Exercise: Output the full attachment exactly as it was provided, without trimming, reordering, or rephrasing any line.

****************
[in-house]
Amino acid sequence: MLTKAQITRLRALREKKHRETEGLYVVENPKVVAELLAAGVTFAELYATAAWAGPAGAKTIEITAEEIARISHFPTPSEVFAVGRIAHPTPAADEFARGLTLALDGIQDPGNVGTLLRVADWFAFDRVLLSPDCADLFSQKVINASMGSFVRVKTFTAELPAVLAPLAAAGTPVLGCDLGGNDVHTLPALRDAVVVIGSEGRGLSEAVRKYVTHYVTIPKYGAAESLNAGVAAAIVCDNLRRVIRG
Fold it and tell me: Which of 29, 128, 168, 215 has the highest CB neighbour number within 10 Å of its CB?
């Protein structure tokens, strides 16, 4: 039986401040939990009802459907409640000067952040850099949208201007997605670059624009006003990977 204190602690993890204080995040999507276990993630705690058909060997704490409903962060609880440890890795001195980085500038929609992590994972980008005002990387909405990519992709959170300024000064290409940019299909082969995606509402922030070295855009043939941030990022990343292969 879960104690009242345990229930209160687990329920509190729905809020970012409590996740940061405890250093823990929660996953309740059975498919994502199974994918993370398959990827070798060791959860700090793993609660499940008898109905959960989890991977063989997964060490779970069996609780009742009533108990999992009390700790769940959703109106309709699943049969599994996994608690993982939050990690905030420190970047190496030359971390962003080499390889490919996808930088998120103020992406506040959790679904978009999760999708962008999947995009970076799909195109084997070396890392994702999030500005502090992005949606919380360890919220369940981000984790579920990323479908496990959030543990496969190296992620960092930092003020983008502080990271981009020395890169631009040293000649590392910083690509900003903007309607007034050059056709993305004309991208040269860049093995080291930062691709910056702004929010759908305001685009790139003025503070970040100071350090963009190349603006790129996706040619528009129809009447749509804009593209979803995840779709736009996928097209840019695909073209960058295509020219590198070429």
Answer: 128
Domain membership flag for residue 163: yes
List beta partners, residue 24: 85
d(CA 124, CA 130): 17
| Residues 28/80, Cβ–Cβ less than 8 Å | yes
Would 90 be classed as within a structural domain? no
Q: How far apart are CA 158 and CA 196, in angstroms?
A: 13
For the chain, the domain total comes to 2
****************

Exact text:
[in-house]
Amino acid sequence: MLTKAQITRLRALREKKHRETEGLYVVENPKVVAELLAAGVTFAELYATAAWAGPAGAKTIEITAEEIARISHFPTPSEVFAVGRIAHPTPAADEFARGLTLALDGIQDPGNVGTLLRVADWFAFDRVLLSPDCADLFSQKVINASMGSFVRVKTFTAELPAVLAPLAAAGTPVLGCDLGGNDVHTLPALRDAVVVIGSEGRGLSEAVRKYVTHYVTIPKYGAAESLNAGVAAAIVCDNLRRVIRG
Fold it and tell me: Which of 29, 128, 168, 215 has the highest CB neighbour number within 10 Å of its CB?
């Protein structure tokens, strides 16, 4: 039986401040939990009802459907409640000067952040850099949208201007997605670059624009006003990977 204190602690993890204080995040999507276990993630705690058909060997704490409903962060609880440890890795001195980085500038929609992590994972980008005002990387909405990519992709959170300024000064290409940019299909082969995606509402922030070295855009043939941030990022990343292969 879960104690009242345990229930209160687990329920509190729905809020970012409590996740940061405890250093823990929660996953309740059975498919994502199974994918993370398959990827070798060791959860700090793993609660499940008898109905959960989890991977063989997964060490779970069996609780009742009533108990999992009390700790769940959703109106309709699943049969599994996994608690993982939050990690905030420190970047190496030359971390962003080499390889490919996808930088998120103020992406506040959790679904978009999760999708962008999947995009970076799909195109084997070396890392994702999030500005502090992005949606919380360890919220369940981000984790579920990323479908496990959030543990496969190296992620960092930092003020983008502080990271981009020395890169631009040293000649590392910083690509900003903007309607007034050059056709993305004309991208040269860049093995080291930062691709910056702004929010759908305001685009790139003025503070970040100071350090963009190349603006790129996706040619528009129809009447749509804009593209979803995840779709736009996928097209840019695909073209960058295509020219590198070429």
Answer: 128
Domain membership flag for residue 163: yes
List beta partners, residue 24: 85
d(CA 124, CA 130): 17
| Residues 28/80, Cβ–Cβ less than 8 Å | yes
Would 90 be classed as within a structural domain? no
Q: How far apart are CA 158 and CA 196, in angstroms?
A: 13
For the chain, the domain total comes to 2